Tyrone Slothrop is a private in the US Army stationed in London during the V-2 blitz. A colleague, plotting with colored pins on a map of London the impact sites of the rockets, begins to notice a pattern: When Slothrop, who has a knack with the ladies that is envied and celebrated by his buddies, beds down with a new bird, the rocket arrives the next morning to destroy the site. It’s almost as though Slothrop’s presence brings the rocket on later, or as though through some weird sex-guilt-perversion-psycho complex, Slothrop chooses to have sex with women who will be destroyed. And how could he know in advance..? Are cause and effect reversed in time? (You only hear the supersonic rocket coming after the impact!) It all has to do with the experiments performed by Lazlo Jamf, using baby Slothrop as a subject, that tested his sexual arousal in the presence of a new plastic, Imopolex G, which substance is a critical component in the V-2 rocket…

From here on, it gets complicated.

Maps, mathematics, sex, history, techo-weirdness…it has its appeal.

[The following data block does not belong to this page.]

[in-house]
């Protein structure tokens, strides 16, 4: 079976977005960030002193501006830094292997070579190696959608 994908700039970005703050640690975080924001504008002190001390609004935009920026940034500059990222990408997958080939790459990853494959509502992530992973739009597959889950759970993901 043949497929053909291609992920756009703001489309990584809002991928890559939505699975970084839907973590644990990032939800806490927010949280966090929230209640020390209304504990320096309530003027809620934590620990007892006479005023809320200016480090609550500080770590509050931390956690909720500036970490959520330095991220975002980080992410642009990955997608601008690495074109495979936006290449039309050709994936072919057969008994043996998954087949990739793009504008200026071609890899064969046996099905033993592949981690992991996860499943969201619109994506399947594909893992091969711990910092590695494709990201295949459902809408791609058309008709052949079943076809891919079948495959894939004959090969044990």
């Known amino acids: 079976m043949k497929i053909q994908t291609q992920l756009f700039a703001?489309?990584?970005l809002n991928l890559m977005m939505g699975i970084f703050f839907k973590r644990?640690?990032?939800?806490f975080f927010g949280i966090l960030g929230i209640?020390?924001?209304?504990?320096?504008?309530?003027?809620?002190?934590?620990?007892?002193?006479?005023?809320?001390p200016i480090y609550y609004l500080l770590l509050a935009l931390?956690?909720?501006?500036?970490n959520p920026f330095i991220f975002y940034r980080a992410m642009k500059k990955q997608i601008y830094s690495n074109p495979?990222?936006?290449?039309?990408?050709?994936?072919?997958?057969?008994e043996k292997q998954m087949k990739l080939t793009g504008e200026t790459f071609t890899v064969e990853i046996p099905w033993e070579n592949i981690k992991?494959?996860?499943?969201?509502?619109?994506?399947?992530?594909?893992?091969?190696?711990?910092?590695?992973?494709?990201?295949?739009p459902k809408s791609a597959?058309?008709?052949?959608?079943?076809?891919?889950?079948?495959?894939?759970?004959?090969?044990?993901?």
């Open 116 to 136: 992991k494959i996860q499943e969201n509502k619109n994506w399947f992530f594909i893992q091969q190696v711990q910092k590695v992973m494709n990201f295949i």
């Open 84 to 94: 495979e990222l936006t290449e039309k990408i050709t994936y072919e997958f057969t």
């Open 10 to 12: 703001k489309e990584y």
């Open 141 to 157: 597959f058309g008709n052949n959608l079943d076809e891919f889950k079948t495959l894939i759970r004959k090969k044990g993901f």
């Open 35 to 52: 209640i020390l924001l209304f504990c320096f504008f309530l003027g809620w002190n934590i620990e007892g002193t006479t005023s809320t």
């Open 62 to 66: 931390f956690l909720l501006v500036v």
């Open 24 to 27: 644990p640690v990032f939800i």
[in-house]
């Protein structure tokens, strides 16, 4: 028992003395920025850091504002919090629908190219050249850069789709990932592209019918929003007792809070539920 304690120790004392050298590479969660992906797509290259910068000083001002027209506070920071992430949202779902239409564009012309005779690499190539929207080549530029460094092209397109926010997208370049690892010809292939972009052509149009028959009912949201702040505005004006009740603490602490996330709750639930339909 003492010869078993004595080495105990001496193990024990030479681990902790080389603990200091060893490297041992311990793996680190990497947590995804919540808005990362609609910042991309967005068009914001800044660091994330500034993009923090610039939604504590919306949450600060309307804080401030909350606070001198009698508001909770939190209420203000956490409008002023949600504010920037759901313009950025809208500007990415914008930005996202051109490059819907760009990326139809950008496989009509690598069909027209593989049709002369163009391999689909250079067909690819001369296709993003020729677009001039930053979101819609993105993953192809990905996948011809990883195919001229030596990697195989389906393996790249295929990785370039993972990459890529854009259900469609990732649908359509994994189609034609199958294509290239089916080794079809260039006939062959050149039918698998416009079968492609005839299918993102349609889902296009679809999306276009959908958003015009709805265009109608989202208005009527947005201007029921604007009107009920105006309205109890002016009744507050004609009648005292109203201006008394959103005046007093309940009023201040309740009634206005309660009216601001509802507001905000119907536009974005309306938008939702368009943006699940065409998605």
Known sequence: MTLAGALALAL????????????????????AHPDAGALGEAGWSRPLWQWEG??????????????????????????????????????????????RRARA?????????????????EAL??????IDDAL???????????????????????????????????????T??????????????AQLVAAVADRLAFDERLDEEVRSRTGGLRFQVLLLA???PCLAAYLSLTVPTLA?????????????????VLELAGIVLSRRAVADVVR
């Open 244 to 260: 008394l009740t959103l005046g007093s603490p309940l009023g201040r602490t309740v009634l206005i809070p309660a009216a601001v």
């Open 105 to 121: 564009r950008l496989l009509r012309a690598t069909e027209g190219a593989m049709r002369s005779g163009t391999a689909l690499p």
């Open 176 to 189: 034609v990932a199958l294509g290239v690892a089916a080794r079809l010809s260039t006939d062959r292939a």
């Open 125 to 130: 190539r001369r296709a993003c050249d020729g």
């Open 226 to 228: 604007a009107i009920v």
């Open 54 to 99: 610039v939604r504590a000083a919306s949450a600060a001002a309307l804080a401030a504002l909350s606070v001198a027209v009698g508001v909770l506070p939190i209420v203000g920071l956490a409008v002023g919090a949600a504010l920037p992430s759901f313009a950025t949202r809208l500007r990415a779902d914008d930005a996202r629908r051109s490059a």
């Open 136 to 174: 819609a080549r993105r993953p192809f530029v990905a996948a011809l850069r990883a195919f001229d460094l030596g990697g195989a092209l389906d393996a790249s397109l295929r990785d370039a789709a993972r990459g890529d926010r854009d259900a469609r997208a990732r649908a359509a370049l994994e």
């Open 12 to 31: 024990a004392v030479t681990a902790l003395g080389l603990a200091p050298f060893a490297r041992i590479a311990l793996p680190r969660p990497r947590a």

Pynchon can write poetically, and he sometimes conveys a sense of deep pathos, but too often his characters are mere cardboard that he moves around to make his fascinating and convoluted points. The book is permeated with the spirit of “stoner humor,” the sort of jokes that you imagine might be hilarious if you were high, but that can be a bit tedious and sophomoric if you are just reading. Paranoia, the ultimate scheming by the unamed and unknowable Them, the depiction of all social structures as conspiracies (from motherhood to the distribution of lightbulbs) can be outrageously funny, but to one who has never been a fan of Ken Kesey, 60s-style counter-cultural posturing, it can also appear dated and somewhat trivial.

Lots of critics are in awe of Pynchon’s grasp of science and mathematics, but I suspect that this has a lot to do with the general ignorance of such topics among literary critics. (cf. his endless discussion of entropy, a concept much abused in non-scientific argument.) I love his fascination with drainage and urban sewers (a central element in his novel, V) and as one who grew up in the shadow of Rocketdyne and the roar of its engine tests (or at least that’s what we thought those noises were), how could I fail to be amused by The Crying of Lot 49, in which Yoyodyne is the name of a principal defense-aerospace contractor? (I was told by an auction house person that nobody uses that phrase, “crying a lot” anymore.) That novel centers on another conspiracy, one involving the postal service, the first one of which was started by the ancient family of Thurn und Taxis (you can see that name carved into the frieze around the NYC main post office along with the famous “Neither snow, nor sleet, nor gloom of night…” slogan.)